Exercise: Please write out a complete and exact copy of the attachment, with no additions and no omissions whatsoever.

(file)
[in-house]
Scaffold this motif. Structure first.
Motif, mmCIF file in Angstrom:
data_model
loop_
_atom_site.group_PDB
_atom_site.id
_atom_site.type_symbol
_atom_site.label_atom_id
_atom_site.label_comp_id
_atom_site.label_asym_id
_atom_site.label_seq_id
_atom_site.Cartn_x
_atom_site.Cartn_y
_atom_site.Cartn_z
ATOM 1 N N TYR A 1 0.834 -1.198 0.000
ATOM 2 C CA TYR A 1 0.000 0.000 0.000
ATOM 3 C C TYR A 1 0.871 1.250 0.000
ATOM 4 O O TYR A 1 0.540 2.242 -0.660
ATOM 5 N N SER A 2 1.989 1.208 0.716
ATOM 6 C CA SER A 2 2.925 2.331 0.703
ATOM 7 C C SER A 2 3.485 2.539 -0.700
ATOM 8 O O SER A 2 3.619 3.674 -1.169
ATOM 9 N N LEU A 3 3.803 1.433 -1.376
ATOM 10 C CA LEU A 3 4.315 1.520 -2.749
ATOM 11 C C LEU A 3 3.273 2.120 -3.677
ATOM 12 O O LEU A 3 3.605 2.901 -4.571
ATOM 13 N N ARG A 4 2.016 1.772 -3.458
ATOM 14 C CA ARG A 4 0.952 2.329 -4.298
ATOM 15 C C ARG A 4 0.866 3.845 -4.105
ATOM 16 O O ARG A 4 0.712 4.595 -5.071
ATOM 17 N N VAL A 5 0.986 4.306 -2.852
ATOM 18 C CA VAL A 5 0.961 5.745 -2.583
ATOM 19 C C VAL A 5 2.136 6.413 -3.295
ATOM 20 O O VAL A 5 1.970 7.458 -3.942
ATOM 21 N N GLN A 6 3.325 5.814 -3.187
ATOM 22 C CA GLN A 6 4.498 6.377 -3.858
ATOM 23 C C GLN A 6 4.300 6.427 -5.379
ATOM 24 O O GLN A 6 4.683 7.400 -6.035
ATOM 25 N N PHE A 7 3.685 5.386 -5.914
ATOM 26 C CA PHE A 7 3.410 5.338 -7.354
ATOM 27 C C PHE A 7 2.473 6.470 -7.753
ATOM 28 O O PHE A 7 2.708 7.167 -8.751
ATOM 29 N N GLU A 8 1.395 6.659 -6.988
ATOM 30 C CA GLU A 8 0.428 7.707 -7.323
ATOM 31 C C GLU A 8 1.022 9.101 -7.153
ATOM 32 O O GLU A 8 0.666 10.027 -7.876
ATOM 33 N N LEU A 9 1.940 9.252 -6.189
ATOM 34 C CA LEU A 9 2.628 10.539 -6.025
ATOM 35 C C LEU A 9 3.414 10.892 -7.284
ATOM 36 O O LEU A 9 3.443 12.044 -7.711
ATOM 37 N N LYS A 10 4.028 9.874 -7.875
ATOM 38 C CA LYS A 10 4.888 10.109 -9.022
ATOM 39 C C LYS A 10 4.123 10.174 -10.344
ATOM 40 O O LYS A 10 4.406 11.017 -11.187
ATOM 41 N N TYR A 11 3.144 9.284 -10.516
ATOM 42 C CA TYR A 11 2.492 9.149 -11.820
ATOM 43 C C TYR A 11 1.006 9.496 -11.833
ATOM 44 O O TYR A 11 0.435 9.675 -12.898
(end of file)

[in-house]
Scaffold this motif. Structure first.
Motif, mmCIF file in Angstrom:
data_model
loop_
_atom_site.group_PDB
_atom_site.id
_atom_site.type_symbol
_atom_site.label_atom_id
_atom_site.label_comp_id
_atom_site.label_asym_id
_atom_site.label_seq_id
_atom_site.Cartn_x
_atom_site.Cartn_y
_atom_site.Cartn_z
ATOM 1 N N TYR A 1 0.834 -1.198 0.000
ATOM 2 C CA TYR A 1 0.000 0.000 0.000
ATOM 3 C C TYR A 1 0.871 1.250 0.000
ATOM 4 O O TYR A 1 0.540 2.242 -0.660
ATOM 5 N N SER A 2 1.989 1.208 0.716
ATOM 6 C CA SER A 2 2.925 2.331 0.703
ATOM 7 C C SER A 2 3.485 2.539 -0.700
ATOM 8 O O SER A 2 3.619 3.674 -1.169
ATOM 9 N N LEU A 3 3.803 1.433 -1.376
ATOM 10 C CA LEU A 3 4.315 1.520 -2.749
ATOM 11 C C LEU A 3 3.273 2.120 -3.677
ATOM 12 O O LEU A 3 3.605 2.901 -4.571
ATOM 13 N N ARG A 4 2.016 1.772 -3.458
ATOM 14 C CA ARG A 4 0.952 2.329 -4.298
ATOM 15 C C ARG A 4 0.866 3.845 -4.105
ATOM 16 O O ARG A 4 0.712 4.595 -5.071
ATOM 17 N N VAL A 5 0.986 4.306 -2.852
ATOM 18 C CA VAL A 5 0.961 5.745 -2.583
ATOM 19 C C VAL A 5 2.136 6.413 -3.295
ATOM 20 O O VAL A 5 1.970 7.458 -3.942
ATOM 21 N N GLN A 6 3.325 5.814 -3.187
ATOM 22 C CA GLN A 6 4.498 6.377 -3.858
ATOM 23 C C GLN A 6 4.300 6.427 -5.379
ATOM 24 O O GLN A 6 4.683 7.400 -6.035
ATOM 25 N N PHE A 7 3.685 5.386 -5.914
ATOM 26 C CA PHE A 7 3.410 5.338 -7.354
ATOM 27 C C PHE A 7 2.473 6.470 -7.753
ATOM 28 O O PHE A 7 2.708 7.167 -8.751
ATOM 29 N N GLU A 8 1.395 6.659 -6.988
ATOM 30 C CA GLU A 8 0.428 7.707 -7.323
ATOM 31 C C GLU A 8 1.022 9.101 -7.153
ATOM 32 O O GLU A 8 0.666 10.027 -7.876
ATOM 33 N N LEU A 9 1.940 9.252 -6.189
ATOM 34 C CA LEU A 9 2.628 10.539 -6.025
ATOM 35 C C LEU A 9 3.414 10.892 -7.284
ATOM 36 O O LEU A 9 3.443 12.044 -7.711
ATOM 37 N N LYS A 10 4.028 9.874 -7.875
ATOM 38 C CA LYS A 10 4.888 10.109 -9.022
ATOM 39 C C LYS A 10 4.123 10.174 -10.344
ATOM 40 O O LYS A 10 4.406 11.017 -11.187
ATOM 41 N N TYR A 11 3.144 9.284 -10.516
ATOM 42 C CA TYR A 11 2.492 9.149 -11.820
ATOM 43 C C TYR A 11 1.006 9.496 -11.833
ATOM 44 O O TYR A 11 0.435 9.675 -12.898